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Poem by Abraham Cowley
I came, I saw, and was undone; Lightning did through my bones and marrow run; A pointed pain pierc'd deep my heart; A swift cold trembling seiz'd on every part; My head turn'd round, nor could it bear The poison that was enter'd there. So a destroying angel's breath Blows-in the plague, and with it hasty death; Such was the pain, did so begin, To the poor wretch, when Legion enter'd in. 'Forgive me, God!' I cry'd; for I Flatter'd myself I was to die. But quickly to my cost I found, 'T was cruel Love, not Death, had made the wound; Death a more generous rage does use; Quarter to all he conquers does refuse: Whilst Love with barbarous mercy saves The vanquish'd lives, to make them slaves. I am thy slave then; let me know, Hard master! the great task I have to do: Who pride and scorn do undergo. In tempests and rough seas thy galleys row; They pant, and groan, and sigh; but find Their sighs increase the angry wind. Like an Egyptian tyrant, some Thou weariest out in building but a tomb; Others, with sad and tedious art, Labour i' th' quarries of a stony heart: Of all the works thou dost assign To all the several slaves of thine, Employ me, mighty Love! to dig the mine.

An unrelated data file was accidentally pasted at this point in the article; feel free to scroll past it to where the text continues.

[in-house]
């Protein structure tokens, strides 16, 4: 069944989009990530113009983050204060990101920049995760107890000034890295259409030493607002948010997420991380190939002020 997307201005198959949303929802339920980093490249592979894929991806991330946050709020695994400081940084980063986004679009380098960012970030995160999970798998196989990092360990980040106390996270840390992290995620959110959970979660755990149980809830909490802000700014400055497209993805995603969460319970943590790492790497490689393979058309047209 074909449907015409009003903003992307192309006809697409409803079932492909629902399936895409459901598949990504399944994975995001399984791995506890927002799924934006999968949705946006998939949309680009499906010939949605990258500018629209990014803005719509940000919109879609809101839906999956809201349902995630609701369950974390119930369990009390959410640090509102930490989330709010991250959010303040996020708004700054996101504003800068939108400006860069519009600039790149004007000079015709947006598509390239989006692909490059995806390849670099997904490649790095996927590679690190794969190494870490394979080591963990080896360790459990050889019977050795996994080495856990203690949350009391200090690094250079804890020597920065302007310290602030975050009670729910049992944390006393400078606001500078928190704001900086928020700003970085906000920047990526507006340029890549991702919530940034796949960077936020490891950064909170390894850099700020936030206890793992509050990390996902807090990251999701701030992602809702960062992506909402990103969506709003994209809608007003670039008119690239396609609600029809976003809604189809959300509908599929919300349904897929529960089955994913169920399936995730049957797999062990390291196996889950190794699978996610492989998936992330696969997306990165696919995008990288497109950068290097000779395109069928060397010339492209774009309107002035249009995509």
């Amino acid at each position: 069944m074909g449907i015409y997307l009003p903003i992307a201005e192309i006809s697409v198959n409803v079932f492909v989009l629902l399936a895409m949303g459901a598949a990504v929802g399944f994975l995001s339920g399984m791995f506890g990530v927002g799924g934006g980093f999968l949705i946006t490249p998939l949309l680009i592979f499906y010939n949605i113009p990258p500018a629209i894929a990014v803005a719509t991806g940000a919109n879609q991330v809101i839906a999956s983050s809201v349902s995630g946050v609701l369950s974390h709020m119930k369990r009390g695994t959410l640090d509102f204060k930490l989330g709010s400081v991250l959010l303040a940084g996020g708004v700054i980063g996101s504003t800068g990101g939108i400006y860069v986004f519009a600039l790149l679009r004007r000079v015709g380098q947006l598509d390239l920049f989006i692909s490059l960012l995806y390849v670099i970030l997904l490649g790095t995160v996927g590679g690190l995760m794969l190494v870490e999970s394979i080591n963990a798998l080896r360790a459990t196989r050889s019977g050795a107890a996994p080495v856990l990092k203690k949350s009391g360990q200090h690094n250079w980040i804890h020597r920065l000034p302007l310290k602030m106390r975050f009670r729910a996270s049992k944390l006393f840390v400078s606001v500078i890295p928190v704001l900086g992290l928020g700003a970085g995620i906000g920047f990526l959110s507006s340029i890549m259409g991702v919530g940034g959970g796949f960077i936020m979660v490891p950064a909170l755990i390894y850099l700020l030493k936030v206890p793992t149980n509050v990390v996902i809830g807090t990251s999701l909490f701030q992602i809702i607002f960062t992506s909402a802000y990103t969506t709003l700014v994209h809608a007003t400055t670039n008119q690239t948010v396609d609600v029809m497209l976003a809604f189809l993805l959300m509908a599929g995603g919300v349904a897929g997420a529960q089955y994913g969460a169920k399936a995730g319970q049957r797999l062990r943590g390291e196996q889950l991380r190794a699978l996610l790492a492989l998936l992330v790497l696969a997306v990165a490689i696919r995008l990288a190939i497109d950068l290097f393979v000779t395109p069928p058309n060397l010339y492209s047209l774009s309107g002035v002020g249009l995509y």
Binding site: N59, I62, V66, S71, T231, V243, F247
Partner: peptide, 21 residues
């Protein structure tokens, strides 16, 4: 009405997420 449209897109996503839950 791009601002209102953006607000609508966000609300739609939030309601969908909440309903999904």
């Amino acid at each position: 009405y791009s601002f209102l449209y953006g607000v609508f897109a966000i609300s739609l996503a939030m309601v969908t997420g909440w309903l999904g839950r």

Abraham Cowley's other poems:
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